DS: You’ve worked with Errol Morris several times, both on the TV series First Person and on the Academy Award winner The Fog of War. How would you describe Morris? Is he very focused on sound?
CA: It has been a little while but what I remember is Errol loved irony. I enjoyed that about his sense of what worked. Always finding sounds that were more than what was on the screen and never what was expected… He always encouraged me to design, make and find things that went past predictable. No hits or tones or “trailer” sounds. Instead, he let me get into more “evolveative” things. I remember I found this child’s toy… Mr. Microphone. I got it to do this wonderful feedback loop thing that when you pitched down became really measured in tempo like a dream click track… Whop whop whop whop… Very dark but not at all what you would think would work for dropping napalm. He was always good with letting me paint with sound what I was hearing in my head.
DS: You also did the sound for Catfish. Whereas Fog of War is quite stylized, Catfish is much more rough around edges but also quite emotional. How did you approach that film? Please share some stories…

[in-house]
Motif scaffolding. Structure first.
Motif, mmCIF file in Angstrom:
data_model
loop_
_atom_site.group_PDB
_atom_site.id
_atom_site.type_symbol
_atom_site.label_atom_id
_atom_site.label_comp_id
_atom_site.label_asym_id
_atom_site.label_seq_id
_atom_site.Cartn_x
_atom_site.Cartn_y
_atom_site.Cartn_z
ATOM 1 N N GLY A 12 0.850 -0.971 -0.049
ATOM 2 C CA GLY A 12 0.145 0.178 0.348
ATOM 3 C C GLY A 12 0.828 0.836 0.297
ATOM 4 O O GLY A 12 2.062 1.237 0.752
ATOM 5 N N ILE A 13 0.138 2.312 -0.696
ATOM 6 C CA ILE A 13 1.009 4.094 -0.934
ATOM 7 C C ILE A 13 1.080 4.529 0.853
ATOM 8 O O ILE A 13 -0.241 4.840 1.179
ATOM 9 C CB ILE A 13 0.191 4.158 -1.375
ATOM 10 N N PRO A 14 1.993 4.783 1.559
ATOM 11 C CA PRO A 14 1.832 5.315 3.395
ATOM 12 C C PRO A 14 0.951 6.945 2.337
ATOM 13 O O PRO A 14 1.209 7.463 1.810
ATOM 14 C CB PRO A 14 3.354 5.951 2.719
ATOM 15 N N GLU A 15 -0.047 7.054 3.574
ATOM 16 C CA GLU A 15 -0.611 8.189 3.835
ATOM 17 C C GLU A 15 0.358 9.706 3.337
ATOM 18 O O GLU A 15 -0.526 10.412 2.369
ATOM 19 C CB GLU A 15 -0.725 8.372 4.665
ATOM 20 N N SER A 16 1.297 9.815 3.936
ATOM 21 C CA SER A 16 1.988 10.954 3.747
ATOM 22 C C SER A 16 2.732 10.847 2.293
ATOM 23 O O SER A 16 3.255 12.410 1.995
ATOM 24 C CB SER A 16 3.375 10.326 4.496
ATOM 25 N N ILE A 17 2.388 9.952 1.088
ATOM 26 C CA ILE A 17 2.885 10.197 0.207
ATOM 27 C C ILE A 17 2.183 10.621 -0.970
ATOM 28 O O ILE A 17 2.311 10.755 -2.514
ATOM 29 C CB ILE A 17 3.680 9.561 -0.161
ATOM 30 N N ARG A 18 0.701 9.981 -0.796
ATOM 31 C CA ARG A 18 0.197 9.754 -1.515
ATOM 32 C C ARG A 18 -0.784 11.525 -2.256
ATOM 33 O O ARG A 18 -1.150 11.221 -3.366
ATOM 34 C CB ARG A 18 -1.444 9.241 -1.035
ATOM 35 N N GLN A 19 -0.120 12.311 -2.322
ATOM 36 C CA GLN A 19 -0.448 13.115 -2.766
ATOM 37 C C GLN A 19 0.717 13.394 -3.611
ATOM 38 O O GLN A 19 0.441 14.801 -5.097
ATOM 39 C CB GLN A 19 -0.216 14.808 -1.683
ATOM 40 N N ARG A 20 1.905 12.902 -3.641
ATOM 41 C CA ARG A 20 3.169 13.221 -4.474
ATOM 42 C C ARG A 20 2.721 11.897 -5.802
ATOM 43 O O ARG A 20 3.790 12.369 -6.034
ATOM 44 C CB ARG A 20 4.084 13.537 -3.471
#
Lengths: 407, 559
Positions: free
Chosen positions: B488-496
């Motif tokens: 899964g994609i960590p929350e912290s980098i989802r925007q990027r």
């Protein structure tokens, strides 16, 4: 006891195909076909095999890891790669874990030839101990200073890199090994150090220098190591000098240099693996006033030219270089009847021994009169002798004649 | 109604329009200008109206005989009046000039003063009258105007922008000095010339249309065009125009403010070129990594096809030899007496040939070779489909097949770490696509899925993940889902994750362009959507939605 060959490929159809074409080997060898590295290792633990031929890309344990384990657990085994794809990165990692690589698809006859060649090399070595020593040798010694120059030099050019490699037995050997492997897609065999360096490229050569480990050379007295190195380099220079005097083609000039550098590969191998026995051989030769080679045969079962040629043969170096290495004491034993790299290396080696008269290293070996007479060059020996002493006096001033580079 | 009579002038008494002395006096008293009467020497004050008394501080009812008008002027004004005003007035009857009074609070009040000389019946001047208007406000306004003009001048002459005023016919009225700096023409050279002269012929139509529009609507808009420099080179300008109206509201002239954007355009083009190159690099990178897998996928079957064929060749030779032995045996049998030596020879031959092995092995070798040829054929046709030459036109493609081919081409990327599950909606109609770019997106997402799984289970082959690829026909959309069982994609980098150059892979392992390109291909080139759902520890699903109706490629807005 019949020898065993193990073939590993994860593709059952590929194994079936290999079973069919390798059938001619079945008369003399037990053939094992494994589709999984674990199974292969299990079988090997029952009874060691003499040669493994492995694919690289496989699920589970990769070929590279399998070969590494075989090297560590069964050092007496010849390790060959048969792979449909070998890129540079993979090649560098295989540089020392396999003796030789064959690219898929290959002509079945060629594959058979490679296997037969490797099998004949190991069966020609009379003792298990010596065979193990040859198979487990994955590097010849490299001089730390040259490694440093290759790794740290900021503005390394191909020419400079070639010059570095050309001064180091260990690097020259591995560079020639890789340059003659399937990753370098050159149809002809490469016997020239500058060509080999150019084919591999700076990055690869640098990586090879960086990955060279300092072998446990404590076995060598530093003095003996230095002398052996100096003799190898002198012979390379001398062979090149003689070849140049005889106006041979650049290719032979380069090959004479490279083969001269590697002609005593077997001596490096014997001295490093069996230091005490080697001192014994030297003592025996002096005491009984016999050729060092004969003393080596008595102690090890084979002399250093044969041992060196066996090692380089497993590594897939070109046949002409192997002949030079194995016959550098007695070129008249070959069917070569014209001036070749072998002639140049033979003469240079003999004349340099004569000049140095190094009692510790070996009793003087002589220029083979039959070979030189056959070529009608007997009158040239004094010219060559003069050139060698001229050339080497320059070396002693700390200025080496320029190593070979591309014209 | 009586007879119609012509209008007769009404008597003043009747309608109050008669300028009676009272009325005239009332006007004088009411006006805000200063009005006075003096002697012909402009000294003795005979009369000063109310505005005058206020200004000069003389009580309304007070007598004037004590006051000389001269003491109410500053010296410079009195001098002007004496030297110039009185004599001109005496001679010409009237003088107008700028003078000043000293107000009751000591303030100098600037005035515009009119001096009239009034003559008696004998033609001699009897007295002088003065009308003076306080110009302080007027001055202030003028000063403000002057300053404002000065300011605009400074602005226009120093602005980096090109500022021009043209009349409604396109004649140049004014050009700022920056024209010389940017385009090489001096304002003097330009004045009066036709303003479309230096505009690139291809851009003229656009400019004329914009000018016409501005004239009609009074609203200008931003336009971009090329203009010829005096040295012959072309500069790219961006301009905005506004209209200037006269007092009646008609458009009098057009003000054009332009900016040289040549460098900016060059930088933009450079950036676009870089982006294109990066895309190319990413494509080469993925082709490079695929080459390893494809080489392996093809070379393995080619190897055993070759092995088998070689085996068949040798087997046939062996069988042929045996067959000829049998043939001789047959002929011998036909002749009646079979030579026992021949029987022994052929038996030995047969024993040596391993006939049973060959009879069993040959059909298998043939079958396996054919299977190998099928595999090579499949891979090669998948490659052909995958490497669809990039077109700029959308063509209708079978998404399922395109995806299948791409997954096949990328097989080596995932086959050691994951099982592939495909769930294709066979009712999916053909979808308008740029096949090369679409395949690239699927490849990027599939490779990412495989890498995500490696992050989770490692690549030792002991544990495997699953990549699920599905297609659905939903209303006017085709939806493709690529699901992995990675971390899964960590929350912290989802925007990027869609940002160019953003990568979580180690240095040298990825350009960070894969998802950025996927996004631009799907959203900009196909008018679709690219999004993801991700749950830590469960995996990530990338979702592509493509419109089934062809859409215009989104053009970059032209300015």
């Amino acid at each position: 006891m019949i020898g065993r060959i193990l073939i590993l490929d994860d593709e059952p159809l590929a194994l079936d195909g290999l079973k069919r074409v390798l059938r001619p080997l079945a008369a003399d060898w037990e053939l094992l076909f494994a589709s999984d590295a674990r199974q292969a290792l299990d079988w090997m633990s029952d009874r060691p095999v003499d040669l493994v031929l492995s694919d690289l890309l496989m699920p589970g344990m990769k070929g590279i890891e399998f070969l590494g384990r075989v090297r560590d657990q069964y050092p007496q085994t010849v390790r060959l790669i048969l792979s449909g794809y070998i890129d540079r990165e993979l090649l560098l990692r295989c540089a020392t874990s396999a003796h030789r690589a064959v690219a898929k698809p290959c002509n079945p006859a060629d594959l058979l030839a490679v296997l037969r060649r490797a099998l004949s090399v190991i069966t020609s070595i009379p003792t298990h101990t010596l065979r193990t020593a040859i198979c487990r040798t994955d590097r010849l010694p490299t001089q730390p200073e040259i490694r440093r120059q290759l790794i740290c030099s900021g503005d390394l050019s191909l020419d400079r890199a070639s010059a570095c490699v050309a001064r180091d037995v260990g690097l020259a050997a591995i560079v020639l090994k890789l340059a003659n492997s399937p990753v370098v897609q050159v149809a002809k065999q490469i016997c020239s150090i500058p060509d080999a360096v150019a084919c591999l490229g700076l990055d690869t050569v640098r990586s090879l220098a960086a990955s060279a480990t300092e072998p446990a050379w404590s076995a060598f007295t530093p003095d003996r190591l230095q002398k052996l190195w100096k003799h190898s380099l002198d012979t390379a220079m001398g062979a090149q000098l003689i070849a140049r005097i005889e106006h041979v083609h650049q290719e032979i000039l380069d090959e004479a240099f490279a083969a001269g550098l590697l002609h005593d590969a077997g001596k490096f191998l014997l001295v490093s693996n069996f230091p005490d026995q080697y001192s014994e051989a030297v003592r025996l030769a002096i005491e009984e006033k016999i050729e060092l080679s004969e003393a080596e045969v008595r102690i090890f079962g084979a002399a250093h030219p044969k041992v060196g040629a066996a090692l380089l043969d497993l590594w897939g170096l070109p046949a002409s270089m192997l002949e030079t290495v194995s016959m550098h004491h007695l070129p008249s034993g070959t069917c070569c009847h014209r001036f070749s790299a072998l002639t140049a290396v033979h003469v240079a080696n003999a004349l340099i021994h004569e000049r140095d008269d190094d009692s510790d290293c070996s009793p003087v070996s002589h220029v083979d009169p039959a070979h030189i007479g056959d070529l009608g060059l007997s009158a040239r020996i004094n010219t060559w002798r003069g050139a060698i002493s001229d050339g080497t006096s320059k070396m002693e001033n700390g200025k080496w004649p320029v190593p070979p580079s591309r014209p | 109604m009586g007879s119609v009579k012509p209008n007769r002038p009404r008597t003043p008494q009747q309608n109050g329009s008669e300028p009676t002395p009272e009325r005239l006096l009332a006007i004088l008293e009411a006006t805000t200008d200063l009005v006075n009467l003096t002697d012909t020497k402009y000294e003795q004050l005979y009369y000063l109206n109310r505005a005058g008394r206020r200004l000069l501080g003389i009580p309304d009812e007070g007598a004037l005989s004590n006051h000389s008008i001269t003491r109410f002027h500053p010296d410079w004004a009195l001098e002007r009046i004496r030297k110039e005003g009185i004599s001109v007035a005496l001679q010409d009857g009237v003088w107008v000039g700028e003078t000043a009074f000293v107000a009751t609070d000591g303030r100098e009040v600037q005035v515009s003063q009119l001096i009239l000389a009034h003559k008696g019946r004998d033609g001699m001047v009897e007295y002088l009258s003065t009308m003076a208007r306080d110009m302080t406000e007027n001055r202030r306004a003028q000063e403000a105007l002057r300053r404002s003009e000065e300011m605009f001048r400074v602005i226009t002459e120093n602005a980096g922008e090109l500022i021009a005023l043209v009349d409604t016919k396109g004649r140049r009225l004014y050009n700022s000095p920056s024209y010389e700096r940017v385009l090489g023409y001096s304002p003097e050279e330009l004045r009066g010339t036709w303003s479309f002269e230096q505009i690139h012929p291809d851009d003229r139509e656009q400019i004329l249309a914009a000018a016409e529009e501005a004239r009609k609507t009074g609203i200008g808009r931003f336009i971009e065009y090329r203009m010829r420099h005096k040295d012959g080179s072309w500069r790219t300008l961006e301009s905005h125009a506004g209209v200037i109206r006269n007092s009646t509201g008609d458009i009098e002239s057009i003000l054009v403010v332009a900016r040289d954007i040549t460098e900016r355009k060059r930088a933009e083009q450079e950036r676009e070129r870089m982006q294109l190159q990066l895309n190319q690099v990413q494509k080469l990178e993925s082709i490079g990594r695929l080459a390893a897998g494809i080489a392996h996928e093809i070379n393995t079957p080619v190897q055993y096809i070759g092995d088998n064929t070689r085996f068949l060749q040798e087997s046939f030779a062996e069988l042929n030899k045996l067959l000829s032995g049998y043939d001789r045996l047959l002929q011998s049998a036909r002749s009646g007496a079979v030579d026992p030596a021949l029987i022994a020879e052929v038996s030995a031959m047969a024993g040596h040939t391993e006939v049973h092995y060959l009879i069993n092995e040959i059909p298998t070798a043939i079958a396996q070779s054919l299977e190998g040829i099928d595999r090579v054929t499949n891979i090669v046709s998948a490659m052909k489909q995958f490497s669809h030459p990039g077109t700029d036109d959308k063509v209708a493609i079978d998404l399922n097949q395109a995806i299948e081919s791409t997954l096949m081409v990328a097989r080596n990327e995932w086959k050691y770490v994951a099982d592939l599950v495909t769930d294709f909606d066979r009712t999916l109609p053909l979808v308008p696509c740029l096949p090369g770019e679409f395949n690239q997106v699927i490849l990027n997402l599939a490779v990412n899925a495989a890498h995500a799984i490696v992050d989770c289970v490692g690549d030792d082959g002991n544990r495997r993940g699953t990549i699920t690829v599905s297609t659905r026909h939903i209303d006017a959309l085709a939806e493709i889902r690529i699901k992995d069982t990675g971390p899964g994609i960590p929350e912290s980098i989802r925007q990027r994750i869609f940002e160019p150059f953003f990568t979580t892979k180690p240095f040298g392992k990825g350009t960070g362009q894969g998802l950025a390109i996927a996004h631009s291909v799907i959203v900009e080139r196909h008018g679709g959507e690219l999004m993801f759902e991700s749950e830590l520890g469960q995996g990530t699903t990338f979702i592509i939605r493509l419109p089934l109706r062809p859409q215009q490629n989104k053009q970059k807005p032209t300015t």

CA: I love Catfish. I mean love… First of all, great crew, one of the best. Zac is a great editor. Henry and Ariel are amazing and their sincerity is so refreshing. We actually did a lot of design for Catfish you just don’t know it… We went to great lengths to make sure that the process was never too fluid. It is already very hard to believe the story and because they are so understated with the drama and how they handle it, my crew had to go to great lengths to do the opposite and actually keep reminding you that the story is real. We made sure you noticed cuts in the BG’s, made sure the phone conversations sounded gritty, made sure that the cars were loud enough or there was enough noise on the track. Zac set up cuts that we could augment as being rough… There are even places where using wireless hits and noise, really helped us feel the filmmakers process, how far away, the characters were from us, making us all the more aware of how much closer “they” were to the unknown elements of the story.
DS: Another recent documentary you did was Restrepo which was nominated for an Oscar. The film is portraying a US Platoon in Afghanistan for 14 months. What was it like doing a war documentary?